No, me either. These are called Kangaroo Shoes and can be worn for low-impact aerobics or jogging. They also come with the following caveat: if you are pregnant, have high blood pressure or balance problems, stick with springless shoes. I simply cannot wait to see someone jog by my house wearing these.  These contraptions should come with a plaster cast for the inevitable broken ankle. I assume they come in a kit with itty bitty, impossibly tight workout shorts since everyone in the photo wears them.

Where else are calories burned?

 Next up: pole dancing. Yes, this is indeed a legitimate(?) fitness suggestion. I’ve seen any number of classes offered locally, and I bet you’ve heard all about Pole Dancing for Jesus. (No, I’m not giving you the link — go look for yourself out on YouTube.) The WebMD newsletter  says you’ll burn calories while working your abs, butt, thighs and “more.”  More what? Tongue muscles? Risks include falling(!), rotator cuff strain, and tendonitis. These must be some of the more interesting injuries being seen in emergency rooms. (I have to admit, I’m kinda likin’ those silver boots, though.)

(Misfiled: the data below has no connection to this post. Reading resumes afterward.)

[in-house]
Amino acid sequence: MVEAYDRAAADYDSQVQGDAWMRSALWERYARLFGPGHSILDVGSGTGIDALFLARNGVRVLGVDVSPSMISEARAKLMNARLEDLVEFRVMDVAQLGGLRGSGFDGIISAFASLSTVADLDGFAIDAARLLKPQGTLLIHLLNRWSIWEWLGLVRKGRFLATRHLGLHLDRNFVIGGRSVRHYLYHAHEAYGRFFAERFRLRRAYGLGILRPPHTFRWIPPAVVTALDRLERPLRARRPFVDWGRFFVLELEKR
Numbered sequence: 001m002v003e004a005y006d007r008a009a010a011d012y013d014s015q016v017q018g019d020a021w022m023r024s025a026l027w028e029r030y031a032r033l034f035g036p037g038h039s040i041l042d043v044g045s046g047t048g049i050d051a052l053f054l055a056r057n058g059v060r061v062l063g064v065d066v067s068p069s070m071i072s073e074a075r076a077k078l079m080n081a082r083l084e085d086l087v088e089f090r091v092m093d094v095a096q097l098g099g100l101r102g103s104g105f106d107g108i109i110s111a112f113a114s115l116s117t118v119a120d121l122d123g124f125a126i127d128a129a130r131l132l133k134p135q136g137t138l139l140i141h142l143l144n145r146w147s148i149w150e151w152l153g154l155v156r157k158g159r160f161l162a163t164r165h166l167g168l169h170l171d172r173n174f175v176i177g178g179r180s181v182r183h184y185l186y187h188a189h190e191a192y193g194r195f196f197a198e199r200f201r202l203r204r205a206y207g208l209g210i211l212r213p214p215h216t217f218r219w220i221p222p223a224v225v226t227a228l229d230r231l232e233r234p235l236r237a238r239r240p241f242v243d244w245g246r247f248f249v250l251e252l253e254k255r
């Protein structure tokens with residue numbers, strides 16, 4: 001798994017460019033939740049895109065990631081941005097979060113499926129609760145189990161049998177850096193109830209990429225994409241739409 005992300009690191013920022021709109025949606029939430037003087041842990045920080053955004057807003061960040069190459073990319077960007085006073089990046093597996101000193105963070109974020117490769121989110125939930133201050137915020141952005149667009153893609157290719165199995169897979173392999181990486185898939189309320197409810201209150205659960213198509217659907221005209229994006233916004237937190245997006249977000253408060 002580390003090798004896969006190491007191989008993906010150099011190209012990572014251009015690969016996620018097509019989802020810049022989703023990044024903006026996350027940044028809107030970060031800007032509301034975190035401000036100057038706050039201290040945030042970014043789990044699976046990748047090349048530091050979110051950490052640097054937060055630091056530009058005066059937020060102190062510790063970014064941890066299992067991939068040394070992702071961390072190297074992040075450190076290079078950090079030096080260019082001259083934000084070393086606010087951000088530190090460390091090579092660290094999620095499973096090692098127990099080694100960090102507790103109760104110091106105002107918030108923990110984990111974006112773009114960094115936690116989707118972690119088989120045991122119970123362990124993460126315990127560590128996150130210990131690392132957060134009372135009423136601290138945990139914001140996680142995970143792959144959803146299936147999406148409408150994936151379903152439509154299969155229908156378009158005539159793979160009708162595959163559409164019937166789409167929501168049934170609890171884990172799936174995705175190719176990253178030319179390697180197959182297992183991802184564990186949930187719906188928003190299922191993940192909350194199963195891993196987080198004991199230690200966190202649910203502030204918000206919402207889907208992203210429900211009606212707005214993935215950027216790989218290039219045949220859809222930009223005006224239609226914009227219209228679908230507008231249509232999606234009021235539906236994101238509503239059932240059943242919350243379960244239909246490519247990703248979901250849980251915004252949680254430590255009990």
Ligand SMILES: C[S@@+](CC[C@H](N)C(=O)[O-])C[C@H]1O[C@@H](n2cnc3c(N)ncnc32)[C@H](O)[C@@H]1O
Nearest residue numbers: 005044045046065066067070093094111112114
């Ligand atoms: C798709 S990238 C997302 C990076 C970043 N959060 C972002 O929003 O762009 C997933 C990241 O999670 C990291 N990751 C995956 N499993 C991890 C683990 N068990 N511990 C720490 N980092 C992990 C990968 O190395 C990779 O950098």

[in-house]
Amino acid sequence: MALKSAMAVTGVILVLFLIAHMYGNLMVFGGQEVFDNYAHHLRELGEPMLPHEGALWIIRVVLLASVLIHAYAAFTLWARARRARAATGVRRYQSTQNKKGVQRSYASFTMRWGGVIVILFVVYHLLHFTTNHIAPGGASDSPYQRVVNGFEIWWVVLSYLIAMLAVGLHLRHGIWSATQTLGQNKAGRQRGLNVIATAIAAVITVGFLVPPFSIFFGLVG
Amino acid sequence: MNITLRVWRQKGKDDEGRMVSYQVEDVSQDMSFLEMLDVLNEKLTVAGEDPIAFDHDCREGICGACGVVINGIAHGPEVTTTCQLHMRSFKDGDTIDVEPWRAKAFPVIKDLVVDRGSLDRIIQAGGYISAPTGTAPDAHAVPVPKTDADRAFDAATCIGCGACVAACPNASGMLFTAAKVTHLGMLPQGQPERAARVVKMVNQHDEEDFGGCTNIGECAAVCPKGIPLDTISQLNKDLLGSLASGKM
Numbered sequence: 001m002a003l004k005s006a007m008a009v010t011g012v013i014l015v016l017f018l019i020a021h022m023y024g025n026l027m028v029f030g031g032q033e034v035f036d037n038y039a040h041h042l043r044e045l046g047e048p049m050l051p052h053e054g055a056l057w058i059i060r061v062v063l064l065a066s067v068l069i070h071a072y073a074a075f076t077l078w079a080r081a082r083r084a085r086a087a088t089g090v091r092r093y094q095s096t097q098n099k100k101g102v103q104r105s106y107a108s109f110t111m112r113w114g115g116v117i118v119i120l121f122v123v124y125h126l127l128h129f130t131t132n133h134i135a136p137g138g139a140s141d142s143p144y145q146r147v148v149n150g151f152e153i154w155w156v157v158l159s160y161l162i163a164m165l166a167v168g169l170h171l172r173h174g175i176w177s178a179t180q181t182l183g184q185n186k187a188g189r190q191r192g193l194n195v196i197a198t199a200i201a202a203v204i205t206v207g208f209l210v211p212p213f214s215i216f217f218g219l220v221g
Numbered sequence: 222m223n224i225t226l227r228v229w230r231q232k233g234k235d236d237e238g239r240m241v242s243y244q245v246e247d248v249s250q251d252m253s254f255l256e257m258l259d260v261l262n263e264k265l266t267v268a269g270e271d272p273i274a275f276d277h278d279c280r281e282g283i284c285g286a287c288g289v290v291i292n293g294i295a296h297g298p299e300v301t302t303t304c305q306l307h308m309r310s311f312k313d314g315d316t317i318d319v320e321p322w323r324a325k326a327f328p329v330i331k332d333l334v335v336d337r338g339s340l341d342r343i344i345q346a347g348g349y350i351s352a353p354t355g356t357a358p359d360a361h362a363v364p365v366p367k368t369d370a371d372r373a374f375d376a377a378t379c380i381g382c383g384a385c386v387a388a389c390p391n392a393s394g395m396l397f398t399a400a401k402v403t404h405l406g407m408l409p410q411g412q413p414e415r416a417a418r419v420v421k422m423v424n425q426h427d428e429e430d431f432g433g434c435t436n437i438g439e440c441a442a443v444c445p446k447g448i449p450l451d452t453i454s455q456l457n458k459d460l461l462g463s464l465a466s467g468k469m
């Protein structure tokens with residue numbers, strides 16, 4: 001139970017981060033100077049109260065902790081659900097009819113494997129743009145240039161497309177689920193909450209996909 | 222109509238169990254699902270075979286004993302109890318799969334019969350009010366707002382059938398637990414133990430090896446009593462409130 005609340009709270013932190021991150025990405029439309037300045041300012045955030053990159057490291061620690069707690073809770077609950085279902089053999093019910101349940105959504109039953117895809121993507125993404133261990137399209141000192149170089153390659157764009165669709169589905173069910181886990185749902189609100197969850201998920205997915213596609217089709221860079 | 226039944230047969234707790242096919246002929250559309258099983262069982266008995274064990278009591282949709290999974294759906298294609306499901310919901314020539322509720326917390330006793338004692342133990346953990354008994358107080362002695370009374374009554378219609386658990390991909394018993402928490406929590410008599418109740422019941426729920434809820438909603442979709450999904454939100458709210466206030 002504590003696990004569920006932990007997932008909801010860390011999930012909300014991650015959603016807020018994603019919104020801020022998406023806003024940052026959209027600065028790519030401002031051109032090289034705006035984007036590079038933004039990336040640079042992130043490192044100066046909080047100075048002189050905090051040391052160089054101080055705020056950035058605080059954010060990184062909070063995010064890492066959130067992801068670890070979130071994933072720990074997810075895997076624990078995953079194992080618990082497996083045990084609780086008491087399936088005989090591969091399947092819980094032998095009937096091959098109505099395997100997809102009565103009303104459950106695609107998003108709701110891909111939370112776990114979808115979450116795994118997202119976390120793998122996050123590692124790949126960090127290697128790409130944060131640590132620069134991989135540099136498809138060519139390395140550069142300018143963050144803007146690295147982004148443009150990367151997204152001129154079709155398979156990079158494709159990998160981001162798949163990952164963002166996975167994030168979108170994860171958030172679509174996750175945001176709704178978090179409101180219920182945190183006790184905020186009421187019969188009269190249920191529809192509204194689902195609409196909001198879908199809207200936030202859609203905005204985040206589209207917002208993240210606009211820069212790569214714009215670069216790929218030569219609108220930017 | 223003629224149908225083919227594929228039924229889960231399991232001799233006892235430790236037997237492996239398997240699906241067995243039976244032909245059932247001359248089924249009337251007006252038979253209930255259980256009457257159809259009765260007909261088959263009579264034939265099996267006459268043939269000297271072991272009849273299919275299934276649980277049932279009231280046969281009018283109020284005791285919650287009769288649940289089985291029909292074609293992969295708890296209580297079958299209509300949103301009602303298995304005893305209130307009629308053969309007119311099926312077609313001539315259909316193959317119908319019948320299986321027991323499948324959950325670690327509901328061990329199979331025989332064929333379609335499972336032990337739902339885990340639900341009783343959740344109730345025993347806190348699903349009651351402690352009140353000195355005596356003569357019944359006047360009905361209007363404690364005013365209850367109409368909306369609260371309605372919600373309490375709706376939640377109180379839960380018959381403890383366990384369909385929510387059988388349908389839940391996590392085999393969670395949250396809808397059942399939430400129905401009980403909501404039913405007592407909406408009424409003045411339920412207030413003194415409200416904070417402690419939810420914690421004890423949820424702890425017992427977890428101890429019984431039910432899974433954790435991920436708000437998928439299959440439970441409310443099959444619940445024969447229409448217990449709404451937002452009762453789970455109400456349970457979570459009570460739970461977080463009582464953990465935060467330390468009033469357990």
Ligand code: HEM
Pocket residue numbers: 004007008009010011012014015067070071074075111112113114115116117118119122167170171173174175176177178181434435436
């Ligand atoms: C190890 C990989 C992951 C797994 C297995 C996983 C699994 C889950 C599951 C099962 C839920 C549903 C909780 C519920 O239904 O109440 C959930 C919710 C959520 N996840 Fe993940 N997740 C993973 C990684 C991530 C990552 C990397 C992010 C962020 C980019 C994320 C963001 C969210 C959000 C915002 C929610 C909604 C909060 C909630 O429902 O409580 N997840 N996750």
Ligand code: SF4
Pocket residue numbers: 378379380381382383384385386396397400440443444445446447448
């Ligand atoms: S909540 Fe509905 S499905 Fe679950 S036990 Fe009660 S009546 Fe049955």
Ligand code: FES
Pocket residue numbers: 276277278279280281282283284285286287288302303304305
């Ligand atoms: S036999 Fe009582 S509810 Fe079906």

I’m a long-time follower of yoga. The breathing, the focus, the stretching have comforted and strengthened me both mentally and physically. Its rising popularity is also its nemesis, bringing competitivenss and “extreme” to the practice, neither of which can or should be applied to yoga.

Water + board = waterboard yoga

 This is referred to as floating yoga. A stench by any other name still stinks. Balance during yoga poses is intensity enough without having to try to also remain afloat.

Suspendasana. No namaste here.